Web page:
Discussion in 'Home Theater and Stereo' started by Barry_NJ, Mar 6, 2020.
Gee, the only Mandingo I'm aware of is a big 12 inch.
Ha ha. I see what you did there
12 inch, 18 inch are really pretty small drivers. Time to get serious....
"Dayton Audio PSS555-8 21" Pro Subwoofer with 4.5” Voice Coil 8 Ohm" from www.parts-express.com!
I recall Kevin Haskins working on his 21” prototype.... I don’t believe he got beyond that point. Business decisions. ROI VS just giggles and grins —-EGO. obviously, he was content with the anarchy drivers he had.
I don't think I could "realistically" get a cabinet for a 21" driver into my environment
If I had a big room I'd go stereo 21's. But I don't, so I won't. One 18 will just have to do. And very nicely too!
Do you have an attic? A couple of those new Eminence 21's in a ceiling IB would rock your world.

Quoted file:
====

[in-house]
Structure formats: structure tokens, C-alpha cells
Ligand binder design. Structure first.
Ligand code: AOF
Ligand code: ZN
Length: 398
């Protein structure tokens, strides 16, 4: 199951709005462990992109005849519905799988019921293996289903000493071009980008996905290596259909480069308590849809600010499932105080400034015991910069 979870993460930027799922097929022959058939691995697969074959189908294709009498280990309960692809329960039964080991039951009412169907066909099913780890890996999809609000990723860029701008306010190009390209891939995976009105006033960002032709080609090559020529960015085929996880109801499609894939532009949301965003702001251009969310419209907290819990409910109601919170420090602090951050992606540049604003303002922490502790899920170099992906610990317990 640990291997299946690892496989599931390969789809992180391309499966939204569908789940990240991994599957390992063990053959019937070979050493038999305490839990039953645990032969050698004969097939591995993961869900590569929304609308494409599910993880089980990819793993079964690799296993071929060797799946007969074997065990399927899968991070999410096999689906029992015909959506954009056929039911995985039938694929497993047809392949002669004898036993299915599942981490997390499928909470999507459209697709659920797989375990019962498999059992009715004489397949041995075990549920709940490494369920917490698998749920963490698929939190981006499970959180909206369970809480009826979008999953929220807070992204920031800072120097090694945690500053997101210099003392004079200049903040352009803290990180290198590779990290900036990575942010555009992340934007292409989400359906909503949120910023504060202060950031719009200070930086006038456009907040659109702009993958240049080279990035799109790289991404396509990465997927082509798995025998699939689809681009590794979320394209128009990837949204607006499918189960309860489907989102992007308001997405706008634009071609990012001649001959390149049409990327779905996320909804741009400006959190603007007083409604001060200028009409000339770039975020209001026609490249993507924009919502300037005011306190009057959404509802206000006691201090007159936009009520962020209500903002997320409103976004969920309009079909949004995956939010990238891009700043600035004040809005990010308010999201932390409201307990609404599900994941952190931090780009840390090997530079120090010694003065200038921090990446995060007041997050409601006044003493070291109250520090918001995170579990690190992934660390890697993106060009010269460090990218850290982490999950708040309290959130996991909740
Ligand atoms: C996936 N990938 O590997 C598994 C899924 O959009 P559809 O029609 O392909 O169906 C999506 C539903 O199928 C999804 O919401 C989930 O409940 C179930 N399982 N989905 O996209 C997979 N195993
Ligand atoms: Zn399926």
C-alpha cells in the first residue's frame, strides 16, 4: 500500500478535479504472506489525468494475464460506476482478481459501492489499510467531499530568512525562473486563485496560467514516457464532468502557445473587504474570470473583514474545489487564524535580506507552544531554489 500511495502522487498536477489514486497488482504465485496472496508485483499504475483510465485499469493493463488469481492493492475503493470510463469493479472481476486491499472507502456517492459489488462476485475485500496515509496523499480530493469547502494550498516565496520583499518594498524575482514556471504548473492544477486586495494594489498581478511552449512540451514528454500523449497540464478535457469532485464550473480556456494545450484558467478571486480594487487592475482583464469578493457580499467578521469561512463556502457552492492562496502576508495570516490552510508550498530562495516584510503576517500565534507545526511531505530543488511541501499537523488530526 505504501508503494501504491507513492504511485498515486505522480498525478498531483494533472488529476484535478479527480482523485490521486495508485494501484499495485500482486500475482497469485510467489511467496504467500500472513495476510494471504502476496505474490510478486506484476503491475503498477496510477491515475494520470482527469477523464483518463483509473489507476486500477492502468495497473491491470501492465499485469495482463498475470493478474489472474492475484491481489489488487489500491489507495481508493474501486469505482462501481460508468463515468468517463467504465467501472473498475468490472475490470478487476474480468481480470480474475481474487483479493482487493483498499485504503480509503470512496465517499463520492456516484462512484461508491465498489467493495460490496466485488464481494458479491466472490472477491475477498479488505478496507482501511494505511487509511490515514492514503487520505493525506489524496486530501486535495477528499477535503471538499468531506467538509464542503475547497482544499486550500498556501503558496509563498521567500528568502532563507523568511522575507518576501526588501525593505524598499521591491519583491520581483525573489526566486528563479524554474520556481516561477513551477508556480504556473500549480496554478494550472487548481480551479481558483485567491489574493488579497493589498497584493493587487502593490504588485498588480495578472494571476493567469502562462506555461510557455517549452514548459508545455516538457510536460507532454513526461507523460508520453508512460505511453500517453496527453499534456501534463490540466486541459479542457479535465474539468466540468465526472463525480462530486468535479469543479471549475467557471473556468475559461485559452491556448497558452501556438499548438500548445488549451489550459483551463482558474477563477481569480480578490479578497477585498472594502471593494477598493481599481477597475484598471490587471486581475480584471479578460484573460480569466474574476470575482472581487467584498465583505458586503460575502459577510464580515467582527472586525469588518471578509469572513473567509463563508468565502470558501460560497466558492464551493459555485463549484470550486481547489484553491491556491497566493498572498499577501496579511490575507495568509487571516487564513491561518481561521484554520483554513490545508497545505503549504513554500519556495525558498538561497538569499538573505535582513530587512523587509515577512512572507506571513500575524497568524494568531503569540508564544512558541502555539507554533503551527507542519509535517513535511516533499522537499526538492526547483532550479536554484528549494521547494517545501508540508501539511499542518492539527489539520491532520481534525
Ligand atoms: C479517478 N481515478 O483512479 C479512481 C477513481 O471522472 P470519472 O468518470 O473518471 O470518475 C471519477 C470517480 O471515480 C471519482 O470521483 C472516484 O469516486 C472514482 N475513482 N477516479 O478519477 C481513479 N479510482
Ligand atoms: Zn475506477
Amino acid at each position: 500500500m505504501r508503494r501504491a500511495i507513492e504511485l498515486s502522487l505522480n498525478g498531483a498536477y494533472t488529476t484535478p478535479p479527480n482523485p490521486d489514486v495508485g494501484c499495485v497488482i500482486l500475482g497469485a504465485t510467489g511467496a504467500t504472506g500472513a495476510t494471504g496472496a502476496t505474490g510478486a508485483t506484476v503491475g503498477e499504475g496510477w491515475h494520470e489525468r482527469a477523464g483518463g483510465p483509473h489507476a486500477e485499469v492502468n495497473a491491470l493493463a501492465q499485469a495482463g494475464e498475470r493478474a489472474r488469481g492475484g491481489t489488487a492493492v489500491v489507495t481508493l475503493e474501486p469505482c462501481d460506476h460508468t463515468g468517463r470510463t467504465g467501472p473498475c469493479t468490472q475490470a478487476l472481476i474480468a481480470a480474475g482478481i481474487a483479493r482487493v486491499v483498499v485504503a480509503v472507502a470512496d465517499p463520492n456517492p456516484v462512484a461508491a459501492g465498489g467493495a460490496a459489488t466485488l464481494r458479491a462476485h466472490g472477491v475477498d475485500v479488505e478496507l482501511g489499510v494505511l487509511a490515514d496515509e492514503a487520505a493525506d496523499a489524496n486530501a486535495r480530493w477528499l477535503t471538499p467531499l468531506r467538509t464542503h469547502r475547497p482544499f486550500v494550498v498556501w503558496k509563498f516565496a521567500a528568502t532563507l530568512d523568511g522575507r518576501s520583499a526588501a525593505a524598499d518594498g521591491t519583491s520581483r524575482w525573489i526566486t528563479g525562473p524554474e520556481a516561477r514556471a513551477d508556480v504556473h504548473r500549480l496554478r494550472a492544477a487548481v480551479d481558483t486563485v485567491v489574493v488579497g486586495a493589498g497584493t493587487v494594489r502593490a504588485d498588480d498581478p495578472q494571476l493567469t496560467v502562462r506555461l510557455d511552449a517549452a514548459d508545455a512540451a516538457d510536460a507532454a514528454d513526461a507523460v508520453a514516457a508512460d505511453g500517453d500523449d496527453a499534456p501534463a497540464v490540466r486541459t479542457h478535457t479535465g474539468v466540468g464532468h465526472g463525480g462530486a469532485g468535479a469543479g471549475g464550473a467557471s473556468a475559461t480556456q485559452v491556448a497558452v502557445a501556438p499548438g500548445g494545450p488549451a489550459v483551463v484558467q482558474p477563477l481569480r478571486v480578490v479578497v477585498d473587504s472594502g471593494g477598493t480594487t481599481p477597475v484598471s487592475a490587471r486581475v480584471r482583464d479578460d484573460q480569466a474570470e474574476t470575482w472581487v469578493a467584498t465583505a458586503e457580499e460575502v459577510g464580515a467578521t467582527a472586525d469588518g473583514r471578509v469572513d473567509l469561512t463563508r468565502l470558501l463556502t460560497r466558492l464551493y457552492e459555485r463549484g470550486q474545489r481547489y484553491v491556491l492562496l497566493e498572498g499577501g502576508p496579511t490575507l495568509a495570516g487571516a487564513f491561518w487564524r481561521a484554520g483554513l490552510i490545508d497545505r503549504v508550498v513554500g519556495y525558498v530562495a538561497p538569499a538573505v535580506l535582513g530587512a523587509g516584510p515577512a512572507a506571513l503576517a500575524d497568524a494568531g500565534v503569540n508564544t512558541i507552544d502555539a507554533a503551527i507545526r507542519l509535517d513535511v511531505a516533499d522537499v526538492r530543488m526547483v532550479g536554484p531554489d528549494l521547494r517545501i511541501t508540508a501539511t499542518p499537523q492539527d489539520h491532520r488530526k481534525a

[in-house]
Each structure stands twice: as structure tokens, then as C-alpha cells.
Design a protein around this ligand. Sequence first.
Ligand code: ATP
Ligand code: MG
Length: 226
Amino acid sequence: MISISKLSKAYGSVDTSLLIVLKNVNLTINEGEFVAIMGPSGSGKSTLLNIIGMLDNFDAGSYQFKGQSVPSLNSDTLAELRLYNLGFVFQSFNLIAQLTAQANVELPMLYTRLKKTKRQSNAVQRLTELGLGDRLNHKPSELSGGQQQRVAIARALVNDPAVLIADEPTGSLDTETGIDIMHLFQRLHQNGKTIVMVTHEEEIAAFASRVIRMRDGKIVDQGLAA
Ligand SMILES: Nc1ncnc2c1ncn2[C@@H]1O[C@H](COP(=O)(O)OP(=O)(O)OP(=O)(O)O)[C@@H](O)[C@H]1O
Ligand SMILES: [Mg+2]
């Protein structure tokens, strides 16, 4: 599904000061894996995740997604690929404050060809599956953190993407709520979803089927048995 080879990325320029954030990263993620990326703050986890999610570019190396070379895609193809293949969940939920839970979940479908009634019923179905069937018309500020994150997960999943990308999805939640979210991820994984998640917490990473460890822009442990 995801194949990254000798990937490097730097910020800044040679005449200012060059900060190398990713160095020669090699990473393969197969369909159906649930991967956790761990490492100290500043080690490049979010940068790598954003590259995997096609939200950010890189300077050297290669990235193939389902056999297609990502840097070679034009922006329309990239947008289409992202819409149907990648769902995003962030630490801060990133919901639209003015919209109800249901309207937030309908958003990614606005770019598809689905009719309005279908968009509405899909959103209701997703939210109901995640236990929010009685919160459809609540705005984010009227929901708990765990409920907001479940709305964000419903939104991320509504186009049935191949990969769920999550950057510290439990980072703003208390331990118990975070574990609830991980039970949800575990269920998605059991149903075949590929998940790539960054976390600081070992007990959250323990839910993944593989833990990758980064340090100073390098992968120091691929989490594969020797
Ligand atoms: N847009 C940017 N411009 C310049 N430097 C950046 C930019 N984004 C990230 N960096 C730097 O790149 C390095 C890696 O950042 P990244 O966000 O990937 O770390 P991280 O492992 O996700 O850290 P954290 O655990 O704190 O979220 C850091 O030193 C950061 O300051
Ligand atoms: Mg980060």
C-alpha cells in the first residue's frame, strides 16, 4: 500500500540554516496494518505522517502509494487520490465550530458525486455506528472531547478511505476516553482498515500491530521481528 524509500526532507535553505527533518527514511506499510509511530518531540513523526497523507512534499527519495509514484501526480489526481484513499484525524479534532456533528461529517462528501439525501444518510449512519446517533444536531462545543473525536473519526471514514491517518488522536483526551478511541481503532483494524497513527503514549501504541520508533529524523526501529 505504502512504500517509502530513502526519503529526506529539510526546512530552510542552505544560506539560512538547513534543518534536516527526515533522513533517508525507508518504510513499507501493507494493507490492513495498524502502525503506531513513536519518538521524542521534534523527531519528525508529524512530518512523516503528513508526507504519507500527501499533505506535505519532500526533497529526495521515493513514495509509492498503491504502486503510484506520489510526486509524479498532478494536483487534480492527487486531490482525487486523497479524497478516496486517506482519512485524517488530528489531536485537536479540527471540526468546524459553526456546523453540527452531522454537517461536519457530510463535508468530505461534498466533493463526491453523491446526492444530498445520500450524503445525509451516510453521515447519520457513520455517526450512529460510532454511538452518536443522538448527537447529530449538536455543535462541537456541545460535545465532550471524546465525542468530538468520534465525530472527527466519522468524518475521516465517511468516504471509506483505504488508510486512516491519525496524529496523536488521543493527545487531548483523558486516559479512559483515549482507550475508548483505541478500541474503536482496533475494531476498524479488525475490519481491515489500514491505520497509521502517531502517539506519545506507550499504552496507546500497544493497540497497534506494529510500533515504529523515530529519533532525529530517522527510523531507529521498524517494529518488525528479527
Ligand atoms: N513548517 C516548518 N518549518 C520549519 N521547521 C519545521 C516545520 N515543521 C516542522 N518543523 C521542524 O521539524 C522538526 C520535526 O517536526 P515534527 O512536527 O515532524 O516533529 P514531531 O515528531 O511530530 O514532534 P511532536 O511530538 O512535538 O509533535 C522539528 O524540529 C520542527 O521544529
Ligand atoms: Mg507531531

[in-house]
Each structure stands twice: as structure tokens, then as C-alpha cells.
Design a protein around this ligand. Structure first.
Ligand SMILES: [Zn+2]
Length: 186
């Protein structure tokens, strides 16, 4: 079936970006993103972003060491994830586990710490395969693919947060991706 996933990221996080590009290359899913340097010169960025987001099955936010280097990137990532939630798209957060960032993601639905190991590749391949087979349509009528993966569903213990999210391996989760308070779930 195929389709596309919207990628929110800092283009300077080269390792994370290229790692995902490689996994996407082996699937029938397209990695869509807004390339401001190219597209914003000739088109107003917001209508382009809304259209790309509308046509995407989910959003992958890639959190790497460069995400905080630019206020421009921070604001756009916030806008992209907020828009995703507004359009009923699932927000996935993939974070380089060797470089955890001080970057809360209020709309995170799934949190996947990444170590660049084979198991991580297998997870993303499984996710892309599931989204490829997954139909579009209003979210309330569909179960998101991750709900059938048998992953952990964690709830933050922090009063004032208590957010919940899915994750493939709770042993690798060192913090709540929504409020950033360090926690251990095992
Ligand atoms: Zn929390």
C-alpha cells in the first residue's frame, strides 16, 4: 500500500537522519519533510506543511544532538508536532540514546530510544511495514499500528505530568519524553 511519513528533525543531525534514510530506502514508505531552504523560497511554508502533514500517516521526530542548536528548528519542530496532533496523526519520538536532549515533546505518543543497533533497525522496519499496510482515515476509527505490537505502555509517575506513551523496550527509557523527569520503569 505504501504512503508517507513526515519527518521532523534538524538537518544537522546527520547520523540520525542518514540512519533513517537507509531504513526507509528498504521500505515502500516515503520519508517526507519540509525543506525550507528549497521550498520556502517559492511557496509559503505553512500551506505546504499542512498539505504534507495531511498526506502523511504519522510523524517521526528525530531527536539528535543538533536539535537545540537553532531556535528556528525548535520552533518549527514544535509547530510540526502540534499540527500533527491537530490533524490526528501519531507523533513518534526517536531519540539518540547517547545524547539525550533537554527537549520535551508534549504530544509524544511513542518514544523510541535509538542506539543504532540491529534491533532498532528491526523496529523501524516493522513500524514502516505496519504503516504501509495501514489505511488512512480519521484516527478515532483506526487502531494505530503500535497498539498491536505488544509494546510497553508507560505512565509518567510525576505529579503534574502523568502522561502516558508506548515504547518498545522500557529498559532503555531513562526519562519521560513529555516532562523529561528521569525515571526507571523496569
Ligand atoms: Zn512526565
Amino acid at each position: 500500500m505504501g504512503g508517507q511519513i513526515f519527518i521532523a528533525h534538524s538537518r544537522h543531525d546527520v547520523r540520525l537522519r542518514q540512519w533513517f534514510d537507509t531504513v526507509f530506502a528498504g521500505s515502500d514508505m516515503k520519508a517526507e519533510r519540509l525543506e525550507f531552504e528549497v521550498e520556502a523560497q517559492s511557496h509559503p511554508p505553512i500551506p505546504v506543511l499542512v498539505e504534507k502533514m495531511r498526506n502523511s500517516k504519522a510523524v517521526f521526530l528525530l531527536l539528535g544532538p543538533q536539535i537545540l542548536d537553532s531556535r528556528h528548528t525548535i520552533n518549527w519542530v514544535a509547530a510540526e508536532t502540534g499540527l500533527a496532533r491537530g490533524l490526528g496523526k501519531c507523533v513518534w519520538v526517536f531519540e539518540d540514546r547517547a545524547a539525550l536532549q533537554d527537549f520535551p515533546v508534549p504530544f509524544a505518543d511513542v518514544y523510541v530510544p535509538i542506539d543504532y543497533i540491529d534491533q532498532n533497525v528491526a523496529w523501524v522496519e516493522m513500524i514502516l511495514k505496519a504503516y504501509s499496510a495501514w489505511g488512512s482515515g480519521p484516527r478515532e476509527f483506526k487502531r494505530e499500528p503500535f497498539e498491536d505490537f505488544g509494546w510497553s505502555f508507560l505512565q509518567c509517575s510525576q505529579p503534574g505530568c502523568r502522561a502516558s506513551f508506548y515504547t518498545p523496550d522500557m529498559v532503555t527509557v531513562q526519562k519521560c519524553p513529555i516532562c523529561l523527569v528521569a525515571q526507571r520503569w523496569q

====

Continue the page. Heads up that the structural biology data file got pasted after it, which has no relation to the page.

21? Psh! How about these @Mike B stereo 24" sealed monsters.
MARIANA 24SC 24" SUBWOOFER
Yeah, nice, but exceeds my budget
Here's a shot of Dayton's new 21-incher in 12 cu ft vented enclosure tuned to 24Hz. (Not my build, by the way.)
My IB is two 15's from PE in a manifold through to my garage. Works very well.
My last house had two aurasound 18” drivers as an IB. I’ve usually liked their drivers. I built the north speaker Leviathans, nice BIG sub. My present full range speakers have a single 10”Aurasound per/side. Anarchy had an 18” for a awhile. Wish I bought a few. I’ve used their 12 (shiva) and 15” tempest variations. Still have two tumult’s in sealed enclosures. With Dan Wiggins big boy plate amps.
Giggles and grins it might be nice to experience a 21” driver. Back in the day wasn’t there a macCauley 21” driver. My mind is gone fuzzy.
So, this new 21" (346.4" sq) has got more surface area than my 18" (254.5" sq) but the xmax is half of that of the 18". Also the 21" falls 15 dB from 100 Hz to 20 Hz while the 18" only falls 5 dB over the same range.
So how does that boil down in terms of output for a "Sub-Woofer"?
That's where enclosure design comes in. You'd have to model each in the intended enclosure to find out what the performance will be (or better yet build them and measure.)
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